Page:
After clocking a 10 a.m. to 5 p.m. shift as part of the Knox Custodial staff, diana Mackin is often found helping out in the Knox Prairie Kitchen. Mackin believes in investing her time as a hands-on advocate for social change. Mackin intertwines her passion for activism with her passion for community.
Along with Professor Magali Roy-Féquière and Professor Brenda Fineberg, Mackin was one of the organizers for the Women’s March held in Galesburg last month. Mackin described the event as an incredible experience, one that reminds her of when she lived in Seattle.
Before Mackin moved to Galesburg in 2005, she built a rich relationship with activism. At the age of 14, Mackin was introduced to feminism by her mother. In her late teens, Mackin got involved in the fat acceptance movement after she spent time speaking about the issue with overweight friends. This culminated with Mackin serving as a member for Seattle Now’s Body Image Task Force.
When describing her relationship with feminism, Mackin stresses the importance of intersectinality. She believes that misogyny, racism, classism and ableism all intersect. If one group of people are not being supported and moving forward, then none of us are.
Mackin finds it easy to shift from different activist groups, as all social issues overlap to some degree.
“They all do come together. At the same time, people move where their hearts drive them. That creates powerful momentum,” Mackin said.
For Mackin, fat-activism is her heart’s passion.
“I would spend the day with overweight women and eat whatever these women would eat, who were about 100 pounds more than I was, and I would be starving by the end of the day.” said Mackin, describing how she became aware of weight issues in America.
“And yet we think fat people just can’t stop eating […] then suddenly it’s acceptable to hate them.”
Mackin came to the conclusion that everything we knew about weight and eating disorders was wrong. To combat the issue of fat-phobia, Mackin went to extreme lengths. She vividly describes her time doing geurilla theatre in the “ritzy” part of Seattle during the 1990s. Mackin used to stand next to freeways and pretend to slice off pieces of body fat. As she shed off the pieces, she would fling them onto the streets while cars passed by in horror.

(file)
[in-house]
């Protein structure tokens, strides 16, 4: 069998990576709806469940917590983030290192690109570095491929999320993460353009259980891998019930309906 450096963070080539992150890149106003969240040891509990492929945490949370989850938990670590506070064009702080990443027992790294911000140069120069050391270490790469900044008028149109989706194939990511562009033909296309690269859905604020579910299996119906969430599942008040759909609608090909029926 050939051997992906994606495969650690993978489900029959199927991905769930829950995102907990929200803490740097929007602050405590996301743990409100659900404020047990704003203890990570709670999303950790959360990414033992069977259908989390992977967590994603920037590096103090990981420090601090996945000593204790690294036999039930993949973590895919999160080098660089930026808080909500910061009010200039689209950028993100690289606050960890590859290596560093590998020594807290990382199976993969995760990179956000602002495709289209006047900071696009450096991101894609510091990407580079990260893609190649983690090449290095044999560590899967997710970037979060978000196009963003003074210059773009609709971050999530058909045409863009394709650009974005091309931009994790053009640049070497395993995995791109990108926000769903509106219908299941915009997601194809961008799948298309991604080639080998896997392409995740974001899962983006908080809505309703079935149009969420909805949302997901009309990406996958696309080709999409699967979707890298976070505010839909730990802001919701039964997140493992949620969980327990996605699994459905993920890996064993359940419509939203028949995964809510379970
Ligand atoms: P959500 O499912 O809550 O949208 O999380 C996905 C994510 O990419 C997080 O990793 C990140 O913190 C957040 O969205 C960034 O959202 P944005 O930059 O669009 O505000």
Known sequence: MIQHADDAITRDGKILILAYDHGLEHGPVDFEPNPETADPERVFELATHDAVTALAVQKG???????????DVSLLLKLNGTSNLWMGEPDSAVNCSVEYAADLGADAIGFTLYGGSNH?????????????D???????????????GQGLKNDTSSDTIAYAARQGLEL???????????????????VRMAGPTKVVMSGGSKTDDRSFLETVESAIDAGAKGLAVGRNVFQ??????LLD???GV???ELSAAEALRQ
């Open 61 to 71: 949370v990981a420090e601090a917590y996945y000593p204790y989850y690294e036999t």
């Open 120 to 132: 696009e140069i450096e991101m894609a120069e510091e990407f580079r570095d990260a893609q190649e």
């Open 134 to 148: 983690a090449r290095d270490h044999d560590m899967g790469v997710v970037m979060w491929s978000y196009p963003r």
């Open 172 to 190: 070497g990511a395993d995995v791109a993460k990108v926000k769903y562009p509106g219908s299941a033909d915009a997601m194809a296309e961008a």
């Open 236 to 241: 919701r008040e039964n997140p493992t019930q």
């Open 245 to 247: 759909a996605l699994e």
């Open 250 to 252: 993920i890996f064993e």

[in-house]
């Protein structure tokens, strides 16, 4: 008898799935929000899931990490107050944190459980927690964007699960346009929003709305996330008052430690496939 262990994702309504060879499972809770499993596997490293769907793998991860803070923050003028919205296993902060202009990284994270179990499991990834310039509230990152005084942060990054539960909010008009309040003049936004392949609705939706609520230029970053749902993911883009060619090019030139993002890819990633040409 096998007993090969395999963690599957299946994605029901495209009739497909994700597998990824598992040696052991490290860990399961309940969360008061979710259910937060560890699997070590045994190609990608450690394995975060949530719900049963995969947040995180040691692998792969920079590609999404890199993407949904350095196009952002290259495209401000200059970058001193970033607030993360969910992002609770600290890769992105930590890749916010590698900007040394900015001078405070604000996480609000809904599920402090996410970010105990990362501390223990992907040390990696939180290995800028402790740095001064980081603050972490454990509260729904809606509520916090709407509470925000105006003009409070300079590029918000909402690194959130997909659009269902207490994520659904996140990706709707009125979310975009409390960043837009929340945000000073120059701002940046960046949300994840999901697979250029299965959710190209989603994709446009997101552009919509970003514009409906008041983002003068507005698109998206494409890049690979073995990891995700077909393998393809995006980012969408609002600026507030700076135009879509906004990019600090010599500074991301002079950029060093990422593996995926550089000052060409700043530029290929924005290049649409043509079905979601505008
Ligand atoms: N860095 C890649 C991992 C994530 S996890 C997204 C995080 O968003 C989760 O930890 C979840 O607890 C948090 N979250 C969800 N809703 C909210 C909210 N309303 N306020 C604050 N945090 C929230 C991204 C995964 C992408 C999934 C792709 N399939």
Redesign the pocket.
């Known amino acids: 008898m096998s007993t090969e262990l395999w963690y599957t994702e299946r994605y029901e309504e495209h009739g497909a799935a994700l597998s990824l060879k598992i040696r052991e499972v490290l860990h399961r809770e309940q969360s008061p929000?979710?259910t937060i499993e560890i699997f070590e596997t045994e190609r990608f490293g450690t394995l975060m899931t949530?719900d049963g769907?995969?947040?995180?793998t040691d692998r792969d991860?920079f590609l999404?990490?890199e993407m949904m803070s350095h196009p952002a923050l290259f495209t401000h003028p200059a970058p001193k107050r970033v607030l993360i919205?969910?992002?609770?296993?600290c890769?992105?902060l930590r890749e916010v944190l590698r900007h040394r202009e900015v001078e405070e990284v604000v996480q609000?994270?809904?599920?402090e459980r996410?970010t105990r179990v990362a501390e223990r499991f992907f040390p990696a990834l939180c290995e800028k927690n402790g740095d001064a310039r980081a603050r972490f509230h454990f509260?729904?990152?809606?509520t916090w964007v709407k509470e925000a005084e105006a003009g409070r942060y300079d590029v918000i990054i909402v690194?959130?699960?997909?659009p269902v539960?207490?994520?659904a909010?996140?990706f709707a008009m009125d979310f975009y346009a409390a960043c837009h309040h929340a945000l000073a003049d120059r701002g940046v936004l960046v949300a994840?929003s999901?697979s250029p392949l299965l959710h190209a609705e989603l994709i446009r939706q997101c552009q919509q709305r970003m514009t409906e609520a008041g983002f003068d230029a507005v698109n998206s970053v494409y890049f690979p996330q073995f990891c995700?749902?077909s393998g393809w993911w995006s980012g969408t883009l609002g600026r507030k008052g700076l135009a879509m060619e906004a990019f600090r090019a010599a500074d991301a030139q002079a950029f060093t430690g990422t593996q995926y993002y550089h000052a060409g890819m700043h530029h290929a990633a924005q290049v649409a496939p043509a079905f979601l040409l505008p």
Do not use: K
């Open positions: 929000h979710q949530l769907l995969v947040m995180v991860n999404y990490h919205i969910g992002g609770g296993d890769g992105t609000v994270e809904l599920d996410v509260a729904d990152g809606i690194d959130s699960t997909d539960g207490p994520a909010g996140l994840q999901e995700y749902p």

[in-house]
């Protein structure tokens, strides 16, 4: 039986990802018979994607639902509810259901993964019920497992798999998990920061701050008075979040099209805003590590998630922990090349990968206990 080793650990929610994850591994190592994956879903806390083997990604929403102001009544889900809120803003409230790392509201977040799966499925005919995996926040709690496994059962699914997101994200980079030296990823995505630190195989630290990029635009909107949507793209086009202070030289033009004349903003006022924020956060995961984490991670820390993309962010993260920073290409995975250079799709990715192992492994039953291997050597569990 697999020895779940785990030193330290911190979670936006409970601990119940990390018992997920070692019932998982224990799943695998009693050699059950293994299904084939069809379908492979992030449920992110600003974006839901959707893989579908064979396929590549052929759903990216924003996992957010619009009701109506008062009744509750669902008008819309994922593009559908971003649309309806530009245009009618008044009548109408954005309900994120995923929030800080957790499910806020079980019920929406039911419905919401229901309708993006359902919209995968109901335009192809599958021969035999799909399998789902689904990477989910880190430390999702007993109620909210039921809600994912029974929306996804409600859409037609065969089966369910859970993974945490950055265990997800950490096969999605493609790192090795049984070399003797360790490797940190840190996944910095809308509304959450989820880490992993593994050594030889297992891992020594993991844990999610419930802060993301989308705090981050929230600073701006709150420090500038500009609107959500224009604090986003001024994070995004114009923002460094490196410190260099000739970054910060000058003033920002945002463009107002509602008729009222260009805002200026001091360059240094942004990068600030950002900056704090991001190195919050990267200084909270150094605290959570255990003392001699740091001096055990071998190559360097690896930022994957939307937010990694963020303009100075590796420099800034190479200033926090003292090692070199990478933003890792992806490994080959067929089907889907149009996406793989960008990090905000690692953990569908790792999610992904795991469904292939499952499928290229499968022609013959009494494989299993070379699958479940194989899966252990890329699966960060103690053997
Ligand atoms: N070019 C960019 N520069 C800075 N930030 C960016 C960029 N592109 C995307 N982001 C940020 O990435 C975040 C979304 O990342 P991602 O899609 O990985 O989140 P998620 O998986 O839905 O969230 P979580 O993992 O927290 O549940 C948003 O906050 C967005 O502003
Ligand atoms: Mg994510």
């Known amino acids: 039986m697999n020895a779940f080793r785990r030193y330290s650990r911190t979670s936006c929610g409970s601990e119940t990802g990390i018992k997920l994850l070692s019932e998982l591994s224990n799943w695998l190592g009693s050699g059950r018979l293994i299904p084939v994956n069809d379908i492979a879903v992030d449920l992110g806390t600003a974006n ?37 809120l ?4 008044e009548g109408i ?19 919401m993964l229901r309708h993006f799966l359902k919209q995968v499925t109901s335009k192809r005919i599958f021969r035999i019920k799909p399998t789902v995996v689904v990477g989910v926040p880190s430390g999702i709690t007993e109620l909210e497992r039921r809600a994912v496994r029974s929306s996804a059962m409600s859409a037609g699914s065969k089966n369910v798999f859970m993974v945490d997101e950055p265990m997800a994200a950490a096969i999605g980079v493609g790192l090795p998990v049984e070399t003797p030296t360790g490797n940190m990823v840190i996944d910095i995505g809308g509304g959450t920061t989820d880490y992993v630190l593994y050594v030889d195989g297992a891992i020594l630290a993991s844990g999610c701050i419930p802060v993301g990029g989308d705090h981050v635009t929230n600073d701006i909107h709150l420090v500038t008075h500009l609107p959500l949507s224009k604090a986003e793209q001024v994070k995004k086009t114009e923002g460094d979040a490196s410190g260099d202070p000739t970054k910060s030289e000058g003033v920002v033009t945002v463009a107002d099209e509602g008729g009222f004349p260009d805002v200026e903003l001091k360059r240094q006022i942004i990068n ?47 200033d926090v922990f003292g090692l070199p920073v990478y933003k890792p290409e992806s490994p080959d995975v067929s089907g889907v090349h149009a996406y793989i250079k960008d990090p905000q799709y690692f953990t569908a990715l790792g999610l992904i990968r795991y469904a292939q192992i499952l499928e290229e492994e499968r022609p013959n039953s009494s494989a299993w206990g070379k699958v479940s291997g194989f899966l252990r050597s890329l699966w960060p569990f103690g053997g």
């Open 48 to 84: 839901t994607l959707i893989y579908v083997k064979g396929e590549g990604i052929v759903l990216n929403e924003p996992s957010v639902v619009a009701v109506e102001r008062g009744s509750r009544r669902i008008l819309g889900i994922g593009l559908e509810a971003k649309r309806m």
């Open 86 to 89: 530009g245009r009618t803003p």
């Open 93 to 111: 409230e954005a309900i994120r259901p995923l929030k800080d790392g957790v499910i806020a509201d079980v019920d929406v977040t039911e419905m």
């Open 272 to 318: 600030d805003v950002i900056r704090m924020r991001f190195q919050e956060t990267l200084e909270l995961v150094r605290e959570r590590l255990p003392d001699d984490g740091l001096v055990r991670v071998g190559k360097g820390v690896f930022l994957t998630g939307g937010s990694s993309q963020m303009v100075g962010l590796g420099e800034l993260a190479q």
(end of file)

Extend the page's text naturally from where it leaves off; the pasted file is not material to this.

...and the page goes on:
Her activist ways have followed her to Galesburg. Mackin’s role in the Galesburg Women’s March was crucial. Organizers had to pay attention to every detail from making sure the route was accessible, to making sure the word got out.
“It was incredible; Galesburg does not have numbers like that. Magali and I were 13 minutes early and there was at least 200 people.” Mackin said.
Mackin stresses that the Women’s March is not the end result, but instead a starting point of activism in our community.
People have expressed an impressive interest in making sure the march began a permanent movement in the Galesburg community.
“The emotions at the march were wonderfully intense. The group was supportive … Some were afraid it was just going to be an anti-Trump rally. They wanted something more long term than that, and it all came together beautifully.”
Mackin is an observer of both Knox and Galesburg. perceiving the social needs of her communities. When Mackin isn’t organizing marches, she’s speaking to students about environmental justice. Mackin can also be found among local farmers in a market vendor’s booth, or painting with Galesburg based artists. Engaging with fellow Galesburg residents is an important part of Mackin’s day.
Mackin wants to create more opportunities for the Knox and Galesburg communities to congregate for social change. Mackin hopes to facilitate spaces where people can come together and figure out what issues are important to them.
“The Galesburg community would be so enriched by interaction with Knox students, and Knox students would be so enriched by interactions with the community.”